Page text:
Can ravens plan?

Grabbing an umbrella as we walk out the door demands a type of planning that requires us to be able to remove ourselves from the current situation (it’s not raining right now…) To project into the future (...but it might rain). This is based on elaborate cognitive skills that, up until now, were thought to only exist in humans and great apes. But a new study shows that ravens may also be capable of organizing by thinking about the future. How did the scientists make this surprising discovery?

Whether preparing dinner or a business plan, planning involves anticipating events and making decisions based on this "analysis." While this ability is specific to humans, several studies have already indicated its presents in great apes. Among corvids (the family to which ravens belong), the ability to plan beyond the present moment has already been demonstrated, but the topic has been open to debate as the observation is limited to the fact that the birds hide food for later.

In the study carried out at Lund University (Sweden), the researchers wanted to explore the planning abilities of crows and their ability to adapt using a protocol that reproduces four experiments with primates. Each of them involved two conditions (one technical and one social) that offered the ravens the possibility to resolve tasks for which they have no behavioral predisposition: using a tool and interacting with humans. Can Kabadayi and Mathias Osvath tested five ravens (3 females and 2 males) on their ability to make a decision about a future event (experiment 1 and 2), as well as their patience and self-control (experiments 3 and 4).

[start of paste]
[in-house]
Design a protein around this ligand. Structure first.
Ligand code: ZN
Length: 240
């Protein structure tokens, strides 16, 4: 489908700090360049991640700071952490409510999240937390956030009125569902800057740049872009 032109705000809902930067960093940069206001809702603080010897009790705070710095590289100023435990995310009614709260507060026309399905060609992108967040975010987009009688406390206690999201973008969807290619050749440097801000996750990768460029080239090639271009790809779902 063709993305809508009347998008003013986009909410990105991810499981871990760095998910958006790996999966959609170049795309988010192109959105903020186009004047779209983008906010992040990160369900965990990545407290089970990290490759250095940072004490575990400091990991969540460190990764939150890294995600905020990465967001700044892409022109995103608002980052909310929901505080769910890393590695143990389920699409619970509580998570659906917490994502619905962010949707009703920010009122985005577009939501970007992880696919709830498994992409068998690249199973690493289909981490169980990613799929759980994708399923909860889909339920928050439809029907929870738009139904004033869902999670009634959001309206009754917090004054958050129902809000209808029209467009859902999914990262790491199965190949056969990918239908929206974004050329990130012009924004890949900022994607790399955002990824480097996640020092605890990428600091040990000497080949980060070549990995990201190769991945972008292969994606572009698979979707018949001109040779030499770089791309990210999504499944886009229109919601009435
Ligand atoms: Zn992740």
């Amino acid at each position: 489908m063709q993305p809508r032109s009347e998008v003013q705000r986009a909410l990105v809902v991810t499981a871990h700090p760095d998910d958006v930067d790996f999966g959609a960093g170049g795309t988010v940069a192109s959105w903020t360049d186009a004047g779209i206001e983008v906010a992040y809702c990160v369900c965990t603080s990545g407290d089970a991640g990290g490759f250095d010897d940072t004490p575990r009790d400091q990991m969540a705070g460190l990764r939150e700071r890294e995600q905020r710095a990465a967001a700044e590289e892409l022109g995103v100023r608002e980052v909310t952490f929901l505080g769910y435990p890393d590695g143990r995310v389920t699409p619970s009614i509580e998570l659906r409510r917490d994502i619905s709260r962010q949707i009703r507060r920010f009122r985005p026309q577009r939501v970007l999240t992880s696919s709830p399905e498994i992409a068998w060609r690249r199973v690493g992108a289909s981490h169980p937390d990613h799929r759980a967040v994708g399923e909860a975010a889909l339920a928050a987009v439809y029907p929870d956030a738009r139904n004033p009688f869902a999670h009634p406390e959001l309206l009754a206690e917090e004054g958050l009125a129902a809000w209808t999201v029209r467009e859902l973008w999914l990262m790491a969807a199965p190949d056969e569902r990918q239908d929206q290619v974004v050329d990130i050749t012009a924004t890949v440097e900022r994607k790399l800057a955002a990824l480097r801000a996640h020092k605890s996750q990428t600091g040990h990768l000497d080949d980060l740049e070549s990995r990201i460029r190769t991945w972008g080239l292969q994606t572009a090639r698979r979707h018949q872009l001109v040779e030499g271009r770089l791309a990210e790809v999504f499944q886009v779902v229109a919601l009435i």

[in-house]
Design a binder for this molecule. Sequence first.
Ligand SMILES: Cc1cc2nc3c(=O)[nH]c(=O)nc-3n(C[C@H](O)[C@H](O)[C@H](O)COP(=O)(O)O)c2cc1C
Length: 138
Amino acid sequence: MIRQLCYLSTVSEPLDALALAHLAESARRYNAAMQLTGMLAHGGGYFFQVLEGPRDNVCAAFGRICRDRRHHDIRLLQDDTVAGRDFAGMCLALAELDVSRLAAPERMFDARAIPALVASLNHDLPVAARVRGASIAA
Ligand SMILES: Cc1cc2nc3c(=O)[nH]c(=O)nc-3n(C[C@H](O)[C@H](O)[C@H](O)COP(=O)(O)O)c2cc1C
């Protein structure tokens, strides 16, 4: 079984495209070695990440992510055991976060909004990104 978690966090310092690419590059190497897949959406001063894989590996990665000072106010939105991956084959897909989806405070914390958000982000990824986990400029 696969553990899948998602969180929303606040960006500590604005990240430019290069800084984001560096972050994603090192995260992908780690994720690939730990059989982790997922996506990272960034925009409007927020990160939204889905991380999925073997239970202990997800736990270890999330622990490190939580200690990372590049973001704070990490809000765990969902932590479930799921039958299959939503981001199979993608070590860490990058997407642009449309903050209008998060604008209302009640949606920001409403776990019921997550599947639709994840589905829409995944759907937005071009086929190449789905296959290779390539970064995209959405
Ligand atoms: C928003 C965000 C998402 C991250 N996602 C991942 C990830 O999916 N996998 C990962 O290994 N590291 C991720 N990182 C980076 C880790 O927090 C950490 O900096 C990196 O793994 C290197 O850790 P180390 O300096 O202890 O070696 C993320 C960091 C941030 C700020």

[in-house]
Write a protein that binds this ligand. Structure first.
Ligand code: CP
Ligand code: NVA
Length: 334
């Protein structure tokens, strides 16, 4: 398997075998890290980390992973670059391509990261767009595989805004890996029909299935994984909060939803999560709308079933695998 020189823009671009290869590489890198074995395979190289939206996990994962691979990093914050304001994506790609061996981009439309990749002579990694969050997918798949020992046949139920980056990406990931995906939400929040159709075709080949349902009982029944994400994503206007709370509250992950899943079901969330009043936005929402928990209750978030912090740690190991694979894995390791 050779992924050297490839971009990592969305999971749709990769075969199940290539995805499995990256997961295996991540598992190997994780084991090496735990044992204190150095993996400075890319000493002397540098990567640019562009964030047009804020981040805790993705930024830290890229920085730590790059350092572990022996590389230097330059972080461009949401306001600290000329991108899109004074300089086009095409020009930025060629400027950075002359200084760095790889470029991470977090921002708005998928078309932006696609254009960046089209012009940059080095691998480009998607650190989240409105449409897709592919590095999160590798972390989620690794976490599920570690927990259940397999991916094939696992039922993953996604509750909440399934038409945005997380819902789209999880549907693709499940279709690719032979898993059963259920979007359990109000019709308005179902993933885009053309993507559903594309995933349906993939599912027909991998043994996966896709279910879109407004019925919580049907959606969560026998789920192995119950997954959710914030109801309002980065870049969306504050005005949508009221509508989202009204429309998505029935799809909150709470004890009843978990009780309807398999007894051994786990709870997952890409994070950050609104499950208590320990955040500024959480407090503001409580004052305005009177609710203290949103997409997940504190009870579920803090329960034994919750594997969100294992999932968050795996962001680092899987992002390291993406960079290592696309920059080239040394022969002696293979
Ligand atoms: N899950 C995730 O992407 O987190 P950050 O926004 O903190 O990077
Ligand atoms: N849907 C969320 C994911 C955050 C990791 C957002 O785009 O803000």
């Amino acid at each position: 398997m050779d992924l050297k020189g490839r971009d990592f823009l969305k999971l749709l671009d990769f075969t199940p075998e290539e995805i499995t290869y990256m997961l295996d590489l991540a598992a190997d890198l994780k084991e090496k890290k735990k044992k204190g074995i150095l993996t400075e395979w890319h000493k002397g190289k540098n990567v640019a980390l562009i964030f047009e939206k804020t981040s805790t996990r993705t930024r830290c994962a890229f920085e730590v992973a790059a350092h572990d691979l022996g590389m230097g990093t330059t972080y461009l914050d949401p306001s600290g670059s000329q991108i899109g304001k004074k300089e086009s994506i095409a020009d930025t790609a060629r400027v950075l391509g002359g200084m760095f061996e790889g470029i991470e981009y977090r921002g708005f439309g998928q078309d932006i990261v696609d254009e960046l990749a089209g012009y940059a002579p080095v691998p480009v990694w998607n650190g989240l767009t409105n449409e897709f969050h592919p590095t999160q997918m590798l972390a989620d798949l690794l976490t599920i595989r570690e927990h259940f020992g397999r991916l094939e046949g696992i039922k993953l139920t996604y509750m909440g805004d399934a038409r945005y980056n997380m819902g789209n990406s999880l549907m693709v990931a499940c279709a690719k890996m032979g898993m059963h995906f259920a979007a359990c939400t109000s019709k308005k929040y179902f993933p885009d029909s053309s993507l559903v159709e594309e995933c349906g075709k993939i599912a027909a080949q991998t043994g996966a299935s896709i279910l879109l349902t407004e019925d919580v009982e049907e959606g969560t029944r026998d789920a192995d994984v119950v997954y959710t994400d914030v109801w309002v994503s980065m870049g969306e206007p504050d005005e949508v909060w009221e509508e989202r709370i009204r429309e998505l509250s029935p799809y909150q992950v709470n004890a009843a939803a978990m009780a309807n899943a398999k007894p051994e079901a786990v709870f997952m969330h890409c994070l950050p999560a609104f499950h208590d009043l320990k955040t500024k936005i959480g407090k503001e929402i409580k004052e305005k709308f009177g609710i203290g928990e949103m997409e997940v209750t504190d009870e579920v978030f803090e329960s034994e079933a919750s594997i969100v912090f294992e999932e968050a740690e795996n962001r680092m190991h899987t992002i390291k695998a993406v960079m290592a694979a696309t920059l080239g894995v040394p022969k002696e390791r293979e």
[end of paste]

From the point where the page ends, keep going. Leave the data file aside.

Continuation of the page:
The scientists first taught the ravens how to open a box (which contained a delightful culinary reward) using a tool. Later, the birds had the choice between the tool (the box was absent) and distractors (which weren’t functional). Almost all of the ravens chose the tool and were able to use it 15 minutes later. When the time between the selection of the tool and its use was voluntarily extended to 17 hours, the tool was still chosen in 88.8% of cases. In other situations, the ravens had the opportunity to exchange a token for a piece of food. The exchanges were conclusive 77.6% of the time (after 15 minutes) and even 95.8% (after a period of 17 hours).

To complicate matters, what happened when the ravens were given the choice between the tool, the token, the distractors and an immediate reward? The subjects selected the tool in 73.8% of trials and the token in 73.2% of trials. It’s clear that ravens can show self-control! According to Mathias Osvath, the results suggest “one needs a collection of cognitive abilities working in concert, such as inhibitory skills and different forms of memory.” The researchers even noticed that, like humans, the ravens chose the tool or token with the idea of being able to use it fairly quickly. This is analogous to human behavior with the same well-known psychological mechanism where the more you wait, the more the reward loses its appeal.

In conclusion, this study shows that ravens have the ability to plan, to make decisions outside of their present context. On this point, they are on par with the great apes. For tool selection and self-control ravens appear to be at least as competent as the great apes, and for bartering they even surpass the abilities of orangutans, bonobos, and chimpanzees.
Source: Can Kabadayi & Mathias Osvath, “Ravens parallel great apes in flexible planning for tool-use and bartering”, in Science, vol. 357, July 2017


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